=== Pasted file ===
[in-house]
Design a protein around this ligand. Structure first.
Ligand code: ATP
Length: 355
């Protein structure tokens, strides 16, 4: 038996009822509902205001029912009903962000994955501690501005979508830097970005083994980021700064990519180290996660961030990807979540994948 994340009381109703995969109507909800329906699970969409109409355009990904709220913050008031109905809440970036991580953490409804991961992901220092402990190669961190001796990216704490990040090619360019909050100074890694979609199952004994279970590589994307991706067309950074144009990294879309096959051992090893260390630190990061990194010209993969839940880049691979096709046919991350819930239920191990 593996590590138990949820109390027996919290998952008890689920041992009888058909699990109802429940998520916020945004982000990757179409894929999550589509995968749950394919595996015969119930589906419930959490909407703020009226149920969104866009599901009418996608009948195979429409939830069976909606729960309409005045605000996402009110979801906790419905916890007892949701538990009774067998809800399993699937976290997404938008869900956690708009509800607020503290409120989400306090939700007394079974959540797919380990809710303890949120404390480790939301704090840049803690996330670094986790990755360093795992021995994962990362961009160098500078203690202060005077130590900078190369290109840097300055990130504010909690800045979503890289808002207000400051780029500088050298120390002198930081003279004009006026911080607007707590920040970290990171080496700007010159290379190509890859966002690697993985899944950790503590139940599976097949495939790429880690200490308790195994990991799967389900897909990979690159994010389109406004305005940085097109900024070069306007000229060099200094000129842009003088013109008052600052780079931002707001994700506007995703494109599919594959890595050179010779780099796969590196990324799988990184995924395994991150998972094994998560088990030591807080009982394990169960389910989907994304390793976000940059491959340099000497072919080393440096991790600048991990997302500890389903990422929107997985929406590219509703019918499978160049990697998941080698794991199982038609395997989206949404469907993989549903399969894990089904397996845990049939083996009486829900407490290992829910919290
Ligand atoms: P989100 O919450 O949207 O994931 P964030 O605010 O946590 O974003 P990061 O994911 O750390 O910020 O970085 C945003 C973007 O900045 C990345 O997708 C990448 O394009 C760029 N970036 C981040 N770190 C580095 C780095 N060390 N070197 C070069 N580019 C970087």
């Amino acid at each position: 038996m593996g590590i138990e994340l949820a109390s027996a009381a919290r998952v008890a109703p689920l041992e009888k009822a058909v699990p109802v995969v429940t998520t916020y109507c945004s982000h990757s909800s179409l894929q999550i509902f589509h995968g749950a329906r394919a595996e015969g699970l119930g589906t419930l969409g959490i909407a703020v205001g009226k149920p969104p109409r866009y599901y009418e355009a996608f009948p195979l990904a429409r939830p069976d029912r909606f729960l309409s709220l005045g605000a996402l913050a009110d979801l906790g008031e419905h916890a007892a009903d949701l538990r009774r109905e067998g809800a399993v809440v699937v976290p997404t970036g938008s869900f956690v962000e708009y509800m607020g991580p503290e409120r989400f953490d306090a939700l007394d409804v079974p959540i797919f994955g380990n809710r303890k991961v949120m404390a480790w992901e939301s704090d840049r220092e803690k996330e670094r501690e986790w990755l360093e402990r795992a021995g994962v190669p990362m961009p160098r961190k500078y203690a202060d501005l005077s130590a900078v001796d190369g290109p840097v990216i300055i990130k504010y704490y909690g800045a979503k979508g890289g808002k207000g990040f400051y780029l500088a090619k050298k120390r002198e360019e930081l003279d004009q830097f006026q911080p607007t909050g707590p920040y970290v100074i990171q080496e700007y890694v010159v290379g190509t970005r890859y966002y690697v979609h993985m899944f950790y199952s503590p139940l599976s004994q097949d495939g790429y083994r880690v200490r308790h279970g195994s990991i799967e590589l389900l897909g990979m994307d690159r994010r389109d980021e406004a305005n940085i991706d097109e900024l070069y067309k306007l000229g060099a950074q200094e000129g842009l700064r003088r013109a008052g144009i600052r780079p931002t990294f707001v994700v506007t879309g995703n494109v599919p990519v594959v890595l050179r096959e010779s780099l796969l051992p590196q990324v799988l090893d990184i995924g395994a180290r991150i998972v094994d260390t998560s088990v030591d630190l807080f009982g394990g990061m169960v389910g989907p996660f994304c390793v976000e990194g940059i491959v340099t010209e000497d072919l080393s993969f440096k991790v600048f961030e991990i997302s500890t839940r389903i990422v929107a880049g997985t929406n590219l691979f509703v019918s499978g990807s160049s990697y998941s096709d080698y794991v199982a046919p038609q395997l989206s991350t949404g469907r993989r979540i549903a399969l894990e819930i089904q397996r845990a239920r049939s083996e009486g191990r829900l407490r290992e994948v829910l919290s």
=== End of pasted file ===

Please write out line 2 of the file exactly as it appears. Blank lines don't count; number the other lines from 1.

Design a protein around this ligand. Structure first.